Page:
Vital Statistics by Alun Granfield
We have come to the end of a strange and difficult season, with a lot of new players in the side and a few elder statesmen still battling on. We got to the quarter-final of the cup competition and won seven out of our eleven league games, which was a reasonable performance all round. Our forwards went well throughout, with our young front row often demolishing the opposition. The serious injury to Ben Burnell in November was a sad blow, as he was showing great promise as an attacking No. 10.
I have attached my usual summary of the season’s statistics, beginning with the results and league table. Our seven wins in the league was the second highest, equal with Aberavon and with only Newport and the winners Cardiff getting more victories, but our lack of bonus points meant that we could only finish in seventh place. One more bonus point would have put us in fourth place.
We used 48 players during the season, with Tom Harper, Cally James, Kristian Parker, Ben Stephens and Dale Stuckey appearing in all 22 games. Dale was the highest try scorer by a mile and was also an excellent reserve goal kicker. He was outstanding in attack and defence throughout the season. The second highest try scorer was the penalty try count of five, followed by hooker Ieuan Morris’ four tries. Like all good front row forwards, Ieuan will tell you that he ran in from at least fifty yards for all of his tries!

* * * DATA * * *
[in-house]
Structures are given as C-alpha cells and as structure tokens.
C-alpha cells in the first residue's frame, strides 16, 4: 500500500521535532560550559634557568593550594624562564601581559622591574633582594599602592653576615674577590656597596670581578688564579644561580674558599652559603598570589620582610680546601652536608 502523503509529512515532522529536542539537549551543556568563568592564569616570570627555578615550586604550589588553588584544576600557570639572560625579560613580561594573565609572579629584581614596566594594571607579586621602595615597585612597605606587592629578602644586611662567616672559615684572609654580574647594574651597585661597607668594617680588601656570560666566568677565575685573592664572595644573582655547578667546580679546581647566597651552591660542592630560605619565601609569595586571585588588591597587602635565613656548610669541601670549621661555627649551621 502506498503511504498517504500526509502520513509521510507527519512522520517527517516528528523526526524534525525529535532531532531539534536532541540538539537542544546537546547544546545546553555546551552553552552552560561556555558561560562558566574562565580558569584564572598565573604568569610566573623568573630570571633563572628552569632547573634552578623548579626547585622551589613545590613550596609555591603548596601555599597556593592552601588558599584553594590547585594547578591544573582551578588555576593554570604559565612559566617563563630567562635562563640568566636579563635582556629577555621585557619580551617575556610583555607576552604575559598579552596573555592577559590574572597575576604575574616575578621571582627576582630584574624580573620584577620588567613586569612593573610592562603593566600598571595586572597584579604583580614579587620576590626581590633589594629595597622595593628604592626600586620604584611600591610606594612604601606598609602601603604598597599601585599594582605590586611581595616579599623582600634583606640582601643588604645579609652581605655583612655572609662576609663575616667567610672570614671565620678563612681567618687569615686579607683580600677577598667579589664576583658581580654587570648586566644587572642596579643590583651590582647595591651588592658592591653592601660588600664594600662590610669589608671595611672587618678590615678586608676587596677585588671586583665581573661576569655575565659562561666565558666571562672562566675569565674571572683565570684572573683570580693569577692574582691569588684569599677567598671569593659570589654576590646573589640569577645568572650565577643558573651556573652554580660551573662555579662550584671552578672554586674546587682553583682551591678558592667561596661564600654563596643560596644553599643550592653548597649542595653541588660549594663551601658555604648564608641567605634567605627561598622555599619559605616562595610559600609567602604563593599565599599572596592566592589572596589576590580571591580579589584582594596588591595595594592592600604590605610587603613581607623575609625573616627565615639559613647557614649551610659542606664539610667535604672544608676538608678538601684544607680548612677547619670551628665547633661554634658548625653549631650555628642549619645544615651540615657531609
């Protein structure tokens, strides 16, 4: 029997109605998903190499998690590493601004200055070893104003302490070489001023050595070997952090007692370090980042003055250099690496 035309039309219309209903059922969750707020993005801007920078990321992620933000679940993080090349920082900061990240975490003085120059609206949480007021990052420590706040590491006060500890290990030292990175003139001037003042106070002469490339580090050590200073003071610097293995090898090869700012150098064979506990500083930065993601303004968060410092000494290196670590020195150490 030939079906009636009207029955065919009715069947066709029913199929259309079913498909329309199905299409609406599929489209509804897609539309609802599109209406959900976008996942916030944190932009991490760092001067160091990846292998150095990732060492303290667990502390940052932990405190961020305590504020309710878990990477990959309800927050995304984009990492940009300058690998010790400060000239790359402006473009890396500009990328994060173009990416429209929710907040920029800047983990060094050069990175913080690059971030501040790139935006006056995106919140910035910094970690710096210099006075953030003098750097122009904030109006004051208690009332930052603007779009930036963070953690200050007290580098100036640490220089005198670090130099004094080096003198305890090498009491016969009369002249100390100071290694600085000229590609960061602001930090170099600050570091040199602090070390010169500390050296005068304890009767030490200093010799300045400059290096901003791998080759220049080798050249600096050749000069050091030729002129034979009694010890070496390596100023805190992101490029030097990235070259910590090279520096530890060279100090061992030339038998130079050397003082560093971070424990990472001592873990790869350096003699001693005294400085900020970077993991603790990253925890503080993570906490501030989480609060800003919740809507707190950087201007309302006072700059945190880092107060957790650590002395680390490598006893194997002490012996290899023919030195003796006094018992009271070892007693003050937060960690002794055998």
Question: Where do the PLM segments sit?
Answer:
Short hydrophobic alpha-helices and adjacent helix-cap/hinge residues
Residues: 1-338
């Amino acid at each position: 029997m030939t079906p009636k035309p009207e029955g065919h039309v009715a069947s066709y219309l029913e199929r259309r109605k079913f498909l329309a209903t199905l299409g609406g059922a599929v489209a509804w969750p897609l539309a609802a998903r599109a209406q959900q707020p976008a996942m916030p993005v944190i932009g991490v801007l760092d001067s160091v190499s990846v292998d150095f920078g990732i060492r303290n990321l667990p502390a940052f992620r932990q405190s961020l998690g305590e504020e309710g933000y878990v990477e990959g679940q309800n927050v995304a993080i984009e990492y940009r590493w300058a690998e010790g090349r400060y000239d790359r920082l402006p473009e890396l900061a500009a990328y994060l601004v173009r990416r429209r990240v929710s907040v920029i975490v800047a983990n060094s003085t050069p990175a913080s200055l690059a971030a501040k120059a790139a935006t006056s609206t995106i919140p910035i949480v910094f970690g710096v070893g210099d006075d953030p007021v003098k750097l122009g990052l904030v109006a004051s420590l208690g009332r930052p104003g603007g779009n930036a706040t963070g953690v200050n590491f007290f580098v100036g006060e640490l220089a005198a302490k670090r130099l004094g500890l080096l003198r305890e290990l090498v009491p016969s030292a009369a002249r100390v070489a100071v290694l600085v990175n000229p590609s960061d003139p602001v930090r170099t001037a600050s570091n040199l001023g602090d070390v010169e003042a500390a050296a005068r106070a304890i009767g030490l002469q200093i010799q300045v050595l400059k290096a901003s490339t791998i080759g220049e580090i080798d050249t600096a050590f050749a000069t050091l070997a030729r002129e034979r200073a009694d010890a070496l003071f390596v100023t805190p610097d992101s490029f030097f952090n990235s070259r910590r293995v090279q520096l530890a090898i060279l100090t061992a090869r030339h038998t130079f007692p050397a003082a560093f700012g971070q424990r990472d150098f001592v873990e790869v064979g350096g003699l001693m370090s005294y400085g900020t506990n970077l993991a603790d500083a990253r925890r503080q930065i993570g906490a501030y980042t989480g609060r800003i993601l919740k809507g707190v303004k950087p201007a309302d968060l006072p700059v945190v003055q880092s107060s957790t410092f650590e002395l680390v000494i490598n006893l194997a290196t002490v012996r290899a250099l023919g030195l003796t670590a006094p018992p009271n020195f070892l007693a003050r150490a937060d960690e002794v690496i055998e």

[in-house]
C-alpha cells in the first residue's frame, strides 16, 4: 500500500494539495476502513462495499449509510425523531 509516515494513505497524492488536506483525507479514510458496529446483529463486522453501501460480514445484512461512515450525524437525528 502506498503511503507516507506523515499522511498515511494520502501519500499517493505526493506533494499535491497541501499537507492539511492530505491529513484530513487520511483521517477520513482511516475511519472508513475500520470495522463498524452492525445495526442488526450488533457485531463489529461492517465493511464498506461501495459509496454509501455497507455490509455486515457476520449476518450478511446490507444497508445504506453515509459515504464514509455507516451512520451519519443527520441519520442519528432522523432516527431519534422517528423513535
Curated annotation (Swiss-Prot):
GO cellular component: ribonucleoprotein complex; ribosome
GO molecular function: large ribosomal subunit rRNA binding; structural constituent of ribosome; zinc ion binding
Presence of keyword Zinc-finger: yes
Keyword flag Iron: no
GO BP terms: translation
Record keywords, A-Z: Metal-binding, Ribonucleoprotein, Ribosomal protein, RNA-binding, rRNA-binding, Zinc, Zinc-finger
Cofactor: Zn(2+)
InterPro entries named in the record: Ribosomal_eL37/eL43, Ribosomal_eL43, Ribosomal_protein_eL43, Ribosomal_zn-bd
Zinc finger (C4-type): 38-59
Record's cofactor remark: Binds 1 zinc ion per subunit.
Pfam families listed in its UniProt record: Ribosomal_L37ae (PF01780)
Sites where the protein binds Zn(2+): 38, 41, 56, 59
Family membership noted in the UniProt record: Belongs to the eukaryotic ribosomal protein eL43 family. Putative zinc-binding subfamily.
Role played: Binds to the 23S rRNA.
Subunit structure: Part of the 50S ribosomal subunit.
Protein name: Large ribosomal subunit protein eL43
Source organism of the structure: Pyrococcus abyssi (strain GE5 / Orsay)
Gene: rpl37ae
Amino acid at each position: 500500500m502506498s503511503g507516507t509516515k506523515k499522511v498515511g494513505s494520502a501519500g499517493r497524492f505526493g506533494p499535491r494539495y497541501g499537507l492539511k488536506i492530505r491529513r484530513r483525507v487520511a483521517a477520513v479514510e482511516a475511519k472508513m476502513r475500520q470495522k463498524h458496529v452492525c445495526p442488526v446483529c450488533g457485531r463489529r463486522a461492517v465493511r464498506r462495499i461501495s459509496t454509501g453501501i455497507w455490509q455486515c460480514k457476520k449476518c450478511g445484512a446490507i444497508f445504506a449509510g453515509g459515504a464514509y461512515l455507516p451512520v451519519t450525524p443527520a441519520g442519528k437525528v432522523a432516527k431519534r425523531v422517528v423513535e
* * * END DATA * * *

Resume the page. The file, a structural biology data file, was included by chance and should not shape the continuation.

Young Chris Dicomidis ended the season on 377 games for the club, second only to Dafydd Lockyer in the current era, and were it not for his period with the Blues squad and the loss of a season to the epidemic, Chris would now be well over the 400 mark. His commitment and enthusiasm throughout the season have been tremendous and we must hope that he has enough gas in the tank for a couple more seasons. Dale Stuckey and Joel Raikes have now passed the 150 mark, and Dale’s points total of 476 is the third highest in the current era, behind Dai Flanagan and Simon Humberstone. Not bad eh?
A number of key players from the pre-epidemic era left us before the start of last season, with skipper Daf Lockyer the biggest loss. His power in midfield meant that the opposition had to put two men on him, and this always created gaps for those around him. The retirement of Rhys Shellard at the end of the season was also a great loss to the club. A great player and a great servant to Ponty RFC. We shall miss him.
Summing up the season, we have the makings of a very good pack of forwards, a resurrected Youth XV to build for the future, and the best supporters in the club game in Wales. Also, the display by the mini and junior section a few weeks ago was superb. The future is bright. The future is black and white. See you all next season.
Alun has put together six pages of statistics that can be viewed below:-